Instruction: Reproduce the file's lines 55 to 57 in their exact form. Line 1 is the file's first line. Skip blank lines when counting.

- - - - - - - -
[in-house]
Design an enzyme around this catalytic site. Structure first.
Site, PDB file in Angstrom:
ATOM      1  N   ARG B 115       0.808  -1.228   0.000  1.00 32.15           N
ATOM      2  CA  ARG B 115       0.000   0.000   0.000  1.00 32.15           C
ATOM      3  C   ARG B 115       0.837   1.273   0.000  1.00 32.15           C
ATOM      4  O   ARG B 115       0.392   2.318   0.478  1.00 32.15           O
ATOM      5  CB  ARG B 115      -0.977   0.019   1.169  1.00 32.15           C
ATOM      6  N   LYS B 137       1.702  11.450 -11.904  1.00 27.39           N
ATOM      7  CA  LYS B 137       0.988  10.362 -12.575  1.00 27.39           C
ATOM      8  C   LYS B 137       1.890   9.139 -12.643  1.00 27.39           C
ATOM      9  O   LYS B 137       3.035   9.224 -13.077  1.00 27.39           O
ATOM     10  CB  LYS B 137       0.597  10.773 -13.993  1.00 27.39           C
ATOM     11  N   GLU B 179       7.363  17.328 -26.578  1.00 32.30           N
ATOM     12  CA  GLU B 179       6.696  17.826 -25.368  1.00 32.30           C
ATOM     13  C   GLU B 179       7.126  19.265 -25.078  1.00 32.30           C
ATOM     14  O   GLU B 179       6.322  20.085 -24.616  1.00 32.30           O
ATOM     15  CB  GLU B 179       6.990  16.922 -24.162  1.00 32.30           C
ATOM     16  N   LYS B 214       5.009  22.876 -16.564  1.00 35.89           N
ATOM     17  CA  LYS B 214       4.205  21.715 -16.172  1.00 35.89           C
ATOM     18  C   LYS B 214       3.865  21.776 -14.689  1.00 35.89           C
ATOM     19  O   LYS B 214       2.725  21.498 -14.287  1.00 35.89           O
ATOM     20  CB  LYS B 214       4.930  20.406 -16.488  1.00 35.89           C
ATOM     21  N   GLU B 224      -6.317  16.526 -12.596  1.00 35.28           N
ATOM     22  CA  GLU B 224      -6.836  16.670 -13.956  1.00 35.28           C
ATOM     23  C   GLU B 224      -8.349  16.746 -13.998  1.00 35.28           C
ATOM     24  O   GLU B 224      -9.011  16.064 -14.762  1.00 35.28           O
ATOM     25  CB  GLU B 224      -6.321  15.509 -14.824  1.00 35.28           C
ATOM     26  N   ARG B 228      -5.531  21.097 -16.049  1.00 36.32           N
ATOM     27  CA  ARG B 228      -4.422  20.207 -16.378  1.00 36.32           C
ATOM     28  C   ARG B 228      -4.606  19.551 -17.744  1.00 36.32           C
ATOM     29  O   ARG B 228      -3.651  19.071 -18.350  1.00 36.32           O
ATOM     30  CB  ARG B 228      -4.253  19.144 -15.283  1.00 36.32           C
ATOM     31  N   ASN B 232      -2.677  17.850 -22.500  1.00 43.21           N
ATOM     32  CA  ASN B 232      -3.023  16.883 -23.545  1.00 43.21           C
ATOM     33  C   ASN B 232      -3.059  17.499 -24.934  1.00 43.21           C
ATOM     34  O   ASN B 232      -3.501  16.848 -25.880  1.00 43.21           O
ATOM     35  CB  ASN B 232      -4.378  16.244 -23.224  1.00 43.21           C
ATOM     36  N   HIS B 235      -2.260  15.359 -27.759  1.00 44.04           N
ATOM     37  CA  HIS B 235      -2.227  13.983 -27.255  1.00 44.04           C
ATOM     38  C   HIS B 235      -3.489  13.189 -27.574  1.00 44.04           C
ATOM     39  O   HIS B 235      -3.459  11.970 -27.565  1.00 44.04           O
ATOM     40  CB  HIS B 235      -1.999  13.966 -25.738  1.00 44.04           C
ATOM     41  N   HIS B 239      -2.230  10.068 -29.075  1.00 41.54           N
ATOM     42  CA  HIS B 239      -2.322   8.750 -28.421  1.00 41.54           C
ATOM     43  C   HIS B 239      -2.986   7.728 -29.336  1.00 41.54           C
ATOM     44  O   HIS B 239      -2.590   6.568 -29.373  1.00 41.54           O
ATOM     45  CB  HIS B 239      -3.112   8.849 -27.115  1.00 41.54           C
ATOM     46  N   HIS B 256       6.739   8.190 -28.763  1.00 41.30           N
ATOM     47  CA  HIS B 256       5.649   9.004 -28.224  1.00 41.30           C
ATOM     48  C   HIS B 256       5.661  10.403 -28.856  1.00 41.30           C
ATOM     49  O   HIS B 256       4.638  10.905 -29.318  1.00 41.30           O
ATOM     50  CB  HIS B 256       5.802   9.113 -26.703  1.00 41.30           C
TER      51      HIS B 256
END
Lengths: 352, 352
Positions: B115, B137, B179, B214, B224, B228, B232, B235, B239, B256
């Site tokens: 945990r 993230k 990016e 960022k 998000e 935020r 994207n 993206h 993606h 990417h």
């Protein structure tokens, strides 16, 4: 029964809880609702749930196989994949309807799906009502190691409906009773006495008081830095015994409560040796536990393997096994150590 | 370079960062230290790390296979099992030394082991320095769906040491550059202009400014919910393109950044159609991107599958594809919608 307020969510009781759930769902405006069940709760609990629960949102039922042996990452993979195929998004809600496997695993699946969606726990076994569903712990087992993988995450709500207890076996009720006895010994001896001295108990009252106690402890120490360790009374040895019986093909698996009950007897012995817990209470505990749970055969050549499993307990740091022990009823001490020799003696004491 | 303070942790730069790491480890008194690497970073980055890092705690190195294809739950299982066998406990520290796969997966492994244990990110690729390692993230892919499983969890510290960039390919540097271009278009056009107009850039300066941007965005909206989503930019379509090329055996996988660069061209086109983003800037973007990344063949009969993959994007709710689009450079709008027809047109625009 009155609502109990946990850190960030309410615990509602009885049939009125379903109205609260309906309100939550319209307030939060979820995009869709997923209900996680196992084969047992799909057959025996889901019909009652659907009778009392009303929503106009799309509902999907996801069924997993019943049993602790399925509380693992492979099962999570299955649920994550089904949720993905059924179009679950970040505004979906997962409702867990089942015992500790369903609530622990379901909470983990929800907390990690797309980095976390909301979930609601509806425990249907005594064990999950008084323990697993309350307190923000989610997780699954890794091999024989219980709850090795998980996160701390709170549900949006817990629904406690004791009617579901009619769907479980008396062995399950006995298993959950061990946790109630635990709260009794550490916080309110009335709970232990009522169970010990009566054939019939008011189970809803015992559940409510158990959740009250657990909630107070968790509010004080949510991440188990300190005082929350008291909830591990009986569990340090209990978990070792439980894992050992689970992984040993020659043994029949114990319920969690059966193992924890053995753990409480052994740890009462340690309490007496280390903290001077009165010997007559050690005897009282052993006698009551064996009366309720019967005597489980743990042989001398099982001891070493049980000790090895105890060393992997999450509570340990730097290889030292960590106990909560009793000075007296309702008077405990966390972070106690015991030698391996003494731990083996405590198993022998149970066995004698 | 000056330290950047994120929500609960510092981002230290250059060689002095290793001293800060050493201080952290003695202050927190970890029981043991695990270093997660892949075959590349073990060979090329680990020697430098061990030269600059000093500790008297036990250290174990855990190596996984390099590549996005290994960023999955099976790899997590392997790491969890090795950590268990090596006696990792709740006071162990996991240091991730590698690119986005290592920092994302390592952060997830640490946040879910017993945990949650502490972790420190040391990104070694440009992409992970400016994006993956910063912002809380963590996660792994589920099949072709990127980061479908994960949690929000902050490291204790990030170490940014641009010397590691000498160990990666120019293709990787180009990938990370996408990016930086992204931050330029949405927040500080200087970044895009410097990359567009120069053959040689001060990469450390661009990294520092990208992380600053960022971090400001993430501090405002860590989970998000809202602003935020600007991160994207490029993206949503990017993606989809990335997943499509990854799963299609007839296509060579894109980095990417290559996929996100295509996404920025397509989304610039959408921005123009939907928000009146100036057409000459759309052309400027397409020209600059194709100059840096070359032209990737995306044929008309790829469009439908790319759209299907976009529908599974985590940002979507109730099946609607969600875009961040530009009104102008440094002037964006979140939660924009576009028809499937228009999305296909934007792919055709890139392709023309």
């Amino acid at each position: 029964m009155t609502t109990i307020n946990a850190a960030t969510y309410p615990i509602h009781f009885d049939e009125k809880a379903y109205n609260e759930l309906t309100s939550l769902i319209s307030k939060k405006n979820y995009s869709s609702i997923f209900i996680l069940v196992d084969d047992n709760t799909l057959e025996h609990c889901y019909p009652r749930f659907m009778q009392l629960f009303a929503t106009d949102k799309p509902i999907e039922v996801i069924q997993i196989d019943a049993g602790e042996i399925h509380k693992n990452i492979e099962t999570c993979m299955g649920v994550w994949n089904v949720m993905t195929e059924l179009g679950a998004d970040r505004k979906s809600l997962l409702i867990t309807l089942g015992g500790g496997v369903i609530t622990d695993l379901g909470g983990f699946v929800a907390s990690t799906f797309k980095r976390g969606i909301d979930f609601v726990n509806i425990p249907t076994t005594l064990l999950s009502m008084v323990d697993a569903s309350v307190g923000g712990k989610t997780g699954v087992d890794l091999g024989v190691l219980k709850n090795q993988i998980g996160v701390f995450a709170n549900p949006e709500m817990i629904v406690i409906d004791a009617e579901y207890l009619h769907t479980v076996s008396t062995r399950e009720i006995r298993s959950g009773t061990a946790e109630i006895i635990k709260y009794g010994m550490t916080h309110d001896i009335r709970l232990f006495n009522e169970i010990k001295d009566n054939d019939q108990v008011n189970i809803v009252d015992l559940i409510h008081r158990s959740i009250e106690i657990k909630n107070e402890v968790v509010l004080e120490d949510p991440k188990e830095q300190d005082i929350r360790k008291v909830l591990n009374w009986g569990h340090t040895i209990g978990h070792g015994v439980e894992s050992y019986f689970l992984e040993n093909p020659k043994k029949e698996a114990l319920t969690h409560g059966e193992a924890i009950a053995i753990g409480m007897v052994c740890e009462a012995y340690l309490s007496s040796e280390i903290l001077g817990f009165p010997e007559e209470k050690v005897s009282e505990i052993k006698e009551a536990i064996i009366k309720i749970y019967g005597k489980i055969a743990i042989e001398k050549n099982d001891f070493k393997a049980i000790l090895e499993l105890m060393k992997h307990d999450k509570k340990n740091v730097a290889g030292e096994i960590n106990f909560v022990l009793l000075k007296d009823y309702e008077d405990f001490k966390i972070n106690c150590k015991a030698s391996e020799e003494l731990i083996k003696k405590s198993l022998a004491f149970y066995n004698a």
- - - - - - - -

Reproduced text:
END
Lengths: 352, 352
Positions: B115, B137, B179, B214, B224, B228, B232, B235, B239, B256